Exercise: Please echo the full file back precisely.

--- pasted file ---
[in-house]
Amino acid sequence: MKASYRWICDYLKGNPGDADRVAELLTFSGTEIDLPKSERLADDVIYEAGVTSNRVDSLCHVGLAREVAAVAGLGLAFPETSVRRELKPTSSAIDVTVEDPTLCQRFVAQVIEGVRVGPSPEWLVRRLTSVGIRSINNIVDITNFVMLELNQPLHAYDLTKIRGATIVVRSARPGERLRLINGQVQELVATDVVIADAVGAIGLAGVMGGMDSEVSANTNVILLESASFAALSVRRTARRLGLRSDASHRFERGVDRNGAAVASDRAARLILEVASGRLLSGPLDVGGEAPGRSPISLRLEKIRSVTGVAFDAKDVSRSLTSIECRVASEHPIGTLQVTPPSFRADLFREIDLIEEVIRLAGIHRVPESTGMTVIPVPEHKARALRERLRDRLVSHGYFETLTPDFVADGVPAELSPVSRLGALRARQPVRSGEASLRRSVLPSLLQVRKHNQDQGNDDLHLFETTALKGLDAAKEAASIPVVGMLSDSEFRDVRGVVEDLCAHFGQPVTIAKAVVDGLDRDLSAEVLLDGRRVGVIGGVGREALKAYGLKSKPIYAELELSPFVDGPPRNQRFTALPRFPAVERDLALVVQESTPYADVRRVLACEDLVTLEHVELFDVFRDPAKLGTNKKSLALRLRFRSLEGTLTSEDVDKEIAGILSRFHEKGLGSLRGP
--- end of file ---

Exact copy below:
[in-house]
Amino acid sequence: MKASYRWICDYLKGNPGDADRVAELLTFSGTEIDLPKSERLADDVIYEAGVTSNRVDSLCHVGLAREVAAVAGLGLAFPETSVRRELKPTSSAIDVTVEDPTLCQRFVAQVIEGVRVGPSPEWLVRRLTSVGIRSINNIVDITNFVMLELNQPLHAYDLTKIRGATIVVRSARPGERLRLINGQVQELVATDVVIADAVGAIGLAGVMGGMDSEVSANTNVILLESASFAALSVRRTARRLGLRSDASHRFERGVDRNGAAVASDRAARLILEVASGRLLSGPLDVGGEAPGRSPISLRLEKIRSVTGVAFDAKDVSRSLTSIECRVASEHPIGTLQVTPPSFRADLFREIDLIEEVIRLAGIHRVPESTGMTVIPVPEHKARALRERLRDRLVSHGYFETLTPDFVADGVPAELSPVSRLGALRARQPVRSGEASLRRSVLPSLLQVRKHNQDQGNDDLHLFETTALKGLDAAKEAASIPVVGMLSDSEFRDVRGVVEDLCAHFGQPVTIAKAVVDGLDRDLSAEVLLDGRRVGVIGGVGREALKAYGLKSKPIYAELELSPFVDGPPRNQRFTALPRFPAVERDLALVVQESTPYADVRRVLACEDLVTLEHVELFDVFRDPAKLGTNKKSLALRLRFRSLEGTLTSEDVDKEIAGILSRFHEKGLGSLRGP